Why Trump’s ‘Patriot Party’ Is the GOP’s Last Best Hope
The inmates are running the asylum. Let them escape!
I’ve been documenting the almost intractable problem facing Republicans: How do you return to sanity when the majority of your voters don’t want you to? It’s not easy. But what if a deus ex machina existed that would miraculously fix this problem? Maybe there is. The Republican Party could be saved if Donald Trump does what he really wants to do: Start his own party.
We should be so lucky. Indeed, a Trumpian “Patriot Party” might be the only way to salvage the Grand Old Party. Right now, Republican politicians are captives to their own base. Weirdos like the “QAnon Shaman” are no longer content to be co-opted by the establishment; they have, to one degree or another, seized control of right-wing media and the state political parties. Now they are slowly infiltrating the Capitol on their own terms by winning elections as Republicans.
The inmates are running the asylum. But what if there were a prison break? What if instead of rioting and taking hostages, the insurrectionists were to leave of their own volition?
Politically speaking, the immediate political ramifications would benefit Democrats. Splitting the Republican coalition would likely have the same result as when Theodore Roosevelt ran his Bull Moose Party: the election was spoiled for Taft and the Republicans, and Woodrow Wilson was elected.
But there’s more in life than the next election. I’m more focused on the long game. The GOP did not get into this mess overnight, and fixing it—if it ever happens—will take time. Sane Republicans should be willing to lose at least one more presidential election to the Democrats while this shakes out. Regardless, it would be the least bad of possible scenarios confronting the GOP. Since the notion that they can simply outlast Trumpism seems wildly naive, the options are to a) do nothing and lose elections and your party or b) let Trump take one-third of the fallen angels with him (a new poll shows “3 in 10 Republican voters [are] open to a Patriot party”). Forcing people to choose which party to join would be both revealing and healthy (in the sense that we would know where people stand).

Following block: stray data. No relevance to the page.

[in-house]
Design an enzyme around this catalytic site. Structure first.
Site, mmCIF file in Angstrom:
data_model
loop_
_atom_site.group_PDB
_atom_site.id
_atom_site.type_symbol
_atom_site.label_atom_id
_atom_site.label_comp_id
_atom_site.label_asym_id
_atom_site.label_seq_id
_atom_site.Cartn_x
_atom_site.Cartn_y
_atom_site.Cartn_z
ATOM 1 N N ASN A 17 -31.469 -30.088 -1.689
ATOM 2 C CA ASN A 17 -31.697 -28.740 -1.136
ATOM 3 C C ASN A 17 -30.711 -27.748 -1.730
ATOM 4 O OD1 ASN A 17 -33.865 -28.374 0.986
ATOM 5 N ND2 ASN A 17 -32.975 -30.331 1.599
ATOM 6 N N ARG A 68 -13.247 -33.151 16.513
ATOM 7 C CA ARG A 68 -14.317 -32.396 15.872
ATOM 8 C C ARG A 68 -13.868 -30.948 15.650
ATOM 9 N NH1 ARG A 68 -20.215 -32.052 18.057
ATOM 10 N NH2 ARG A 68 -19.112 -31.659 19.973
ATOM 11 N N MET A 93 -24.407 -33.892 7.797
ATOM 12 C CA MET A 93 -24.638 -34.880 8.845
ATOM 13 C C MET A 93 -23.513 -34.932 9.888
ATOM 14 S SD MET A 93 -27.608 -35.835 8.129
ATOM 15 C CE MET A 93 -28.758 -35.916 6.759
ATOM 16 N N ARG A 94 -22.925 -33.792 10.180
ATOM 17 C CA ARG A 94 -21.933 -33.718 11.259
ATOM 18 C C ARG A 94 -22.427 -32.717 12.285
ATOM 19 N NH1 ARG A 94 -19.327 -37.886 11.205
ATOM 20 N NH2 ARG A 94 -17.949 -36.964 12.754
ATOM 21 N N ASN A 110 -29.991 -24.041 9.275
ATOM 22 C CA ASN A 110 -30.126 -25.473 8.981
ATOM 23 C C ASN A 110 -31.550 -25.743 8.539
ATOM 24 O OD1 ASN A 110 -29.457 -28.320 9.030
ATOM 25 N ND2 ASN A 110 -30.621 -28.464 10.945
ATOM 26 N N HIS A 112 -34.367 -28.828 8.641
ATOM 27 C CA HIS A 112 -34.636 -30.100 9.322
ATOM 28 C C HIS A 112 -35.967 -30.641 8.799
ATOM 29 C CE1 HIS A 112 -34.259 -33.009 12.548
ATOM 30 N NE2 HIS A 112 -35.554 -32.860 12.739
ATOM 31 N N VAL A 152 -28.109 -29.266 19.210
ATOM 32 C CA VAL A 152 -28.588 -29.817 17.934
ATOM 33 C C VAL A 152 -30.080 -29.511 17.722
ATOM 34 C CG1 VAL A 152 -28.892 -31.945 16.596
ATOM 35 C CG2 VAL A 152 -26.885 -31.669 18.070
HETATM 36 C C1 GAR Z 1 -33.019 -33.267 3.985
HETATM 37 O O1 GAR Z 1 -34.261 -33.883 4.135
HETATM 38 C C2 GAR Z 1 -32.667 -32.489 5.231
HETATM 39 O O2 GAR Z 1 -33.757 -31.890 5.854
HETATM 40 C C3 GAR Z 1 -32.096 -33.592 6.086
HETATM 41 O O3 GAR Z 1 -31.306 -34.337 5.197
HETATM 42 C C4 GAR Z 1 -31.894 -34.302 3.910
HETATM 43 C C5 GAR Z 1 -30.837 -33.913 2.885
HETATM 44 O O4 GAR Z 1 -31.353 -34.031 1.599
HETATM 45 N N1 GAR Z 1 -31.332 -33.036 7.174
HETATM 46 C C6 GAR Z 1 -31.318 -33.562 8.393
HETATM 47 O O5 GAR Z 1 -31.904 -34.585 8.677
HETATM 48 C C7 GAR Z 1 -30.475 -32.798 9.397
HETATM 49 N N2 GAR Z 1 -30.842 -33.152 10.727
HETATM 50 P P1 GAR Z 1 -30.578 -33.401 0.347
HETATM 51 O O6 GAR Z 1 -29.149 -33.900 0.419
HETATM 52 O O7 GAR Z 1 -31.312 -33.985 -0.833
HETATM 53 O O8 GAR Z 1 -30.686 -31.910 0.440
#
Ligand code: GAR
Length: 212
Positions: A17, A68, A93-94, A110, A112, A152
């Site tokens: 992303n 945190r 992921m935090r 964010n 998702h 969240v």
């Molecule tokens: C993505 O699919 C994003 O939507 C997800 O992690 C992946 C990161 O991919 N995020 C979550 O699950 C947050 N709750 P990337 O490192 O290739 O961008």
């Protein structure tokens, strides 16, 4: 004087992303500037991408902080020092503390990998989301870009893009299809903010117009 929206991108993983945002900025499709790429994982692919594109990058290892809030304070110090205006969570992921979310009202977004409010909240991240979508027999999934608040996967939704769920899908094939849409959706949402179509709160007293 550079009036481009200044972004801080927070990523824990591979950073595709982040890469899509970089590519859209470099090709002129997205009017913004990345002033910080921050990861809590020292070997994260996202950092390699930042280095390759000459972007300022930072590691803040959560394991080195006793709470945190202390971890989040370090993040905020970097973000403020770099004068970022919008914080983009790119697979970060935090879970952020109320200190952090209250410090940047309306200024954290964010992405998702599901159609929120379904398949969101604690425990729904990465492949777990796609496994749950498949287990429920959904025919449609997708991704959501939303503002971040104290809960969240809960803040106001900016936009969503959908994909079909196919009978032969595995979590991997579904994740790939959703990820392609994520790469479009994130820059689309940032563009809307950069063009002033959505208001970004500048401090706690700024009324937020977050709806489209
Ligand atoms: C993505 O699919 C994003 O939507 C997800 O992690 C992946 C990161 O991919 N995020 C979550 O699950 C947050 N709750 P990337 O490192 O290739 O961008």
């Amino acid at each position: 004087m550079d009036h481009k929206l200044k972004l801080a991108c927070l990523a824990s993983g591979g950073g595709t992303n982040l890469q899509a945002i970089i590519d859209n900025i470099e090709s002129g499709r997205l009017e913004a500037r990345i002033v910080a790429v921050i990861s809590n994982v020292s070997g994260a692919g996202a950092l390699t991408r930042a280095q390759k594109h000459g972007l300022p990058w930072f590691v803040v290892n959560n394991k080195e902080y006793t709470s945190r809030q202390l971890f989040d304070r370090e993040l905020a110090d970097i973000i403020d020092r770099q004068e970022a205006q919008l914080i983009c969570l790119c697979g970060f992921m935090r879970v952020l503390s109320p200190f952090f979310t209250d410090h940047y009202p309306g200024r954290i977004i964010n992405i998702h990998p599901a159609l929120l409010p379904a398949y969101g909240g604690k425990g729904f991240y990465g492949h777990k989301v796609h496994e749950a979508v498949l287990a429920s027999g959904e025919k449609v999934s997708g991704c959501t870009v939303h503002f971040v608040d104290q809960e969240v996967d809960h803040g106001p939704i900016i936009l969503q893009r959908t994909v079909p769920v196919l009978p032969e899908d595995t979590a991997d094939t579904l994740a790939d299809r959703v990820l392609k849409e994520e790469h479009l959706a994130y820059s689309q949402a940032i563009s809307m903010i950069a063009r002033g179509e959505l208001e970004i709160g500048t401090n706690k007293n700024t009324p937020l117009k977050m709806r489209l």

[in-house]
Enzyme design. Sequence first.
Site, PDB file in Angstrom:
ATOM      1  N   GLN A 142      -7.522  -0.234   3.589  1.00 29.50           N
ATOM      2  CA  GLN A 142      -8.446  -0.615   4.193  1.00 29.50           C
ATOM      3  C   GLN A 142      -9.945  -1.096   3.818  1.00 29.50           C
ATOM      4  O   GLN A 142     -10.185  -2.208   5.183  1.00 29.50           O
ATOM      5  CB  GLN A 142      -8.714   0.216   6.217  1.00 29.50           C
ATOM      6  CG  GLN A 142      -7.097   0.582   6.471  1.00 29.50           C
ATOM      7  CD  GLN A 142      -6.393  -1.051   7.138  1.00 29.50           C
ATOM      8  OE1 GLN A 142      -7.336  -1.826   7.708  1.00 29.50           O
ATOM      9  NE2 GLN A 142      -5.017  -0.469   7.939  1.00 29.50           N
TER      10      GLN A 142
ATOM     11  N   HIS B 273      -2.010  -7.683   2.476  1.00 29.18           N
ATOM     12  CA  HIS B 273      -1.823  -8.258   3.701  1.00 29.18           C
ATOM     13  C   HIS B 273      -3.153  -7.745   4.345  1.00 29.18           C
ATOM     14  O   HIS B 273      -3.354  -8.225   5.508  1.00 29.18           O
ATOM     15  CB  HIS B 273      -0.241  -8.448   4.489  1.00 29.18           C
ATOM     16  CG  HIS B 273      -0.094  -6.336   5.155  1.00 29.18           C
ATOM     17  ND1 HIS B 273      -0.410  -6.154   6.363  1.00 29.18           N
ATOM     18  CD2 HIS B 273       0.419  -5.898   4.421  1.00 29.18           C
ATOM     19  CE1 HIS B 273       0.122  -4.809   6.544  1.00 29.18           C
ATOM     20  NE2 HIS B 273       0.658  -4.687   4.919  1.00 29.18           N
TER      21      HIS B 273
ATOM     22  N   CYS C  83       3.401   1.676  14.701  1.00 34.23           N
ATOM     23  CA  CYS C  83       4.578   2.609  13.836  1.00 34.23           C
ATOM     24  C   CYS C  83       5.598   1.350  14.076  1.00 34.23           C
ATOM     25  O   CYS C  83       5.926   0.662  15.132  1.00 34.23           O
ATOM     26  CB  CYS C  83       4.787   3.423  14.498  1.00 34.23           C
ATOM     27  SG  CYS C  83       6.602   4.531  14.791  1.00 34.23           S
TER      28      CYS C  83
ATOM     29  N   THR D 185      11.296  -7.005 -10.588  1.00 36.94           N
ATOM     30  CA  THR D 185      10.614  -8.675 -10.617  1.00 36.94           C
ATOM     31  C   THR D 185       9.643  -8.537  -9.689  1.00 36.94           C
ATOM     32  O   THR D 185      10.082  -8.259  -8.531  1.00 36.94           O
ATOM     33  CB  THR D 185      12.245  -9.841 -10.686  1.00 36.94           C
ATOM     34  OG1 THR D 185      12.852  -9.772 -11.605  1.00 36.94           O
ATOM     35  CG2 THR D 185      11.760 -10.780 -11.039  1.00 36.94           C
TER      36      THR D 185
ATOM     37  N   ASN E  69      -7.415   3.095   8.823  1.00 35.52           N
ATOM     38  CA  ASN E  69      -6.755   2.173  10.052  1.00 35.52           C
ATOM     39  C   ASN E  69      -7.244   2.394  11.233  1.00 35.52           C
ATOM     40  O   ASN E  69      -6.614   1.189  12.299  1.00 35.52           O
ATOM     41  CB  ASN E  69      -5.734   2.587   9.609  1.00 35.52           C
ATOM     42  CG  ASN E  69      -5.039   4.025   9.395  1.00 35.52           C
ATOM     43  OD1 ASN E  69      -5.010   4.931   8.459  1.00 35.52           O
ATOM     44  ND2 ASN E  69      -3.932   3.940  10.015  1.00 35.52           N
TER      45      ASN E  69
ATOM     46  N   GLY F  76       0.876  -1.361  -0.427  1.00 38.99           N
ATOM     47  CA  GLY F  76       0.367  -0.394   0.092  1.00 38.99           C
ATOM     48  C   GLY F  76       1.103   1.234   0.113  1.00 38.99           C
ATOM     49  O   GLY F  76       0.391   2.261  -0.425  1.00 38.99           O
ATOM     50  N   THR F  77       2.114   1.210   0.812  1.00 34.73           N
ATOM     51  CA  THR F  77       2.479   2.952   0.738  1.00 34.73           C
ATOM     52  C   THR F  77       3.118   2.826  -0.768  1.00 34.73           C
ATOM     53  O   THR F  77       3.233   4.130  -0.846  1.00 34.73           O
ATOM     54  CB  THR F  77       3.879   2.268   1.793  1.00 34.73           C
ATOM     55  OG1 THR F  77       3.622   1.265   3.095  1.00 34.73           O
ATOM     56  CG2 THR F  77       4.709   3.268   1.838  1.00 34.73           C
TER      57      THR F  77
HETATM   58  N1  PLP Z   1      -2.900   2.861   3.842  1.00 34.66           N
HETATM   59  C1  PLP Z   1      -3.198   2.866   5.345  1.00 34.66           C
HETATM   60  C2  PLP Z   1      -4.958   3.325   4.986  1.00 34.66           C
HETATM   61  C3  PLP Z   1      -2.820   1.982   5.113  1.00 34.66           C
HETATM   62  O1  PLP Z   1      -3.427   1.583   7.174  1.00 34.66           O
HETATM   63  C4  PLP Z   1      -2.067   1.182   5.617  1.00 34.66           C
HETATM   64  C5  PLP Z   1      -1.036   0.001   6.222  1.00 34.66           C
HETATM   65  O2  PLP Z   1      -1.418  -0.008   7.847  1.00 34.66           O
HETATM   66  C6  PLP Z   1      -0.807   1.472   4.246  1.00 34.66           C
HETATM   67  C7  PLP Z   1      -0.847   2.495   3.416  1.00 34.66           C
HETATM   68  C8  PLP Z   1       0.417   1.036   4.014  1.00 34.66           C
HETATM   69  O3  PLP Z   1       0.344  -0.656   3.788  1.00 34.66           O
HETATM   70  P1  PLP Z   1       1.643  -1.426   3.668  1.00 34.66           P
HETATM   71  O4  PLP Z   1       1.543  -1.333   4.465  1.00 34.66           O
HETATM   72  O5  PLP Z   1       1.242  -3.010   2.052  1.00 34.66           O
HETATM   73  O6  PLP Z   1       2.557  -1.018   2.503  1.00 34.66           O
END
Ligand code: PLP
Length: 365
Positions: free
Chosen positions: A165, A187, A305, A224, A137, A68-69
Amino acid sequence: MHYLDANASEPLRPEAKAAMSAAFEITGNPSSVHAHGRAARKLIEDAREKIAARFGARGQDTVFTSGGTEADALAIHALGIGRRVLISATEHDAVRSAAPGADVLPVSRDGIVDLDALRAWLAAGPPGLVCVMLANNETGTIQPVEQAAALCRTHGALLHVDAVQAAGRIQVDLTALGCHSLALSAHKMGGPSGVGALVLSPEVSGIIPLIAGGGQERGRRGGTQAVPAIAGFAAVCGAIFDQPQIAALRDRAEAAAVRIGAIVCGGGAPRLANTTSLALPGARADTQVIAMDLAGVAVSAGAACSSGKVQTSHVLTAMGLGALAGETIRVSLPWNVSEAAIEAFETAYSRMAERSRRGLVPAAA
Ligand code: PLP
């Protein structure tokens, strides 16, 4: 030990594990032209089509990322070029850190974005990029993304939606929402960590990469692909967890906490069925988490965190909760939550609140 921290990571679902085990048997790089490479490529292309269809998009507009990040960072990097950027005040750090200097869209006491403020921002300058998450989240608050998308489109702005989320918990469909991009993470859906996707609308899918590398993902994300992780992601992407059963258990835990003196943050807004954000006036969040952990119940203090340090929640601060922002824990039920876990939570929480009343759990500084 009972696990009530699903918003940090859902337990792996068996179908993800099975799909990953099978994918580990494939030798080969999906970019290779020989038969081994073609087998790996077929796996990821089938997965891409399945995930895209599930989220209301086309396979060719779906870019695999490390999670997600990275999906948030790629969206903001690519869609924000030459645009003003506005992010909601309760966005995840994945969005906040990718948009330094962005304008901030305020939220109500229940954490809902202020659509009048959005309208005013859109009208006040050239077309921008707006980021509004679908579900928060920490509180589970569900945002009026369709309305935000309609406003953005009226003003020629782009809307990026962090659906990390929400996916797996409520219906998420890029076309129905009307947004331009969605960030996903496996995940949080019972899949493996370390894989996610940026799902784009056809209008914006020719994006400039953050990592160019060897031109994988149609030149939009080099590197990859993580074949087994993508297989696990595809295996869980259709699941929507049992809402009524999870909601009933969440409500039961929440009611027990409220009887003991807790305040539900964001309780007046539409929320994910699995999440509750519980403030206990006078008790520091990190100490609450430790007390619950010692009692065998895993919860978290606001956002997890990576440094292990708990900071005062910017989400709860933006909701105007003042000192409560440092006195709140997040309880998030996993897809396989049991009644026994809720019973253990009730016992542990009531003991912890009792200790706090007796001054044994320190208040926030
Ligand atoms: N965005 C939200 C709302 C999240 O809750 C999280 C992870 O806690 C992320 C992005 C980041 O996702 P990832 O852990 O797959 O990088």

Now, I realize the latter suggestion cuts against the notion that “politics is a game of addition.” But the truth is that sometimes “addition by subtraction” is necessary. And I believe that this is one of those times. Not only would purging the MAGA elements help the Republican Party begin to heal, it would probably make it less likely that Trump (or his minions) could get elected. Ross Perot got almost 19 percent of the vote in 1992 but zero electoral votes. And at the congressional level, as Michael Tomasky points out, third parties rarely succeed because of America’s system of winner-take-all, single-member districts. Heck, it’s even harder for third parties to get (and stay) on election ballots. This is one of the many reasons why it would be a significant advantage for sane Republicans to keep the Republican Party brand and infrastructure in this political divorce.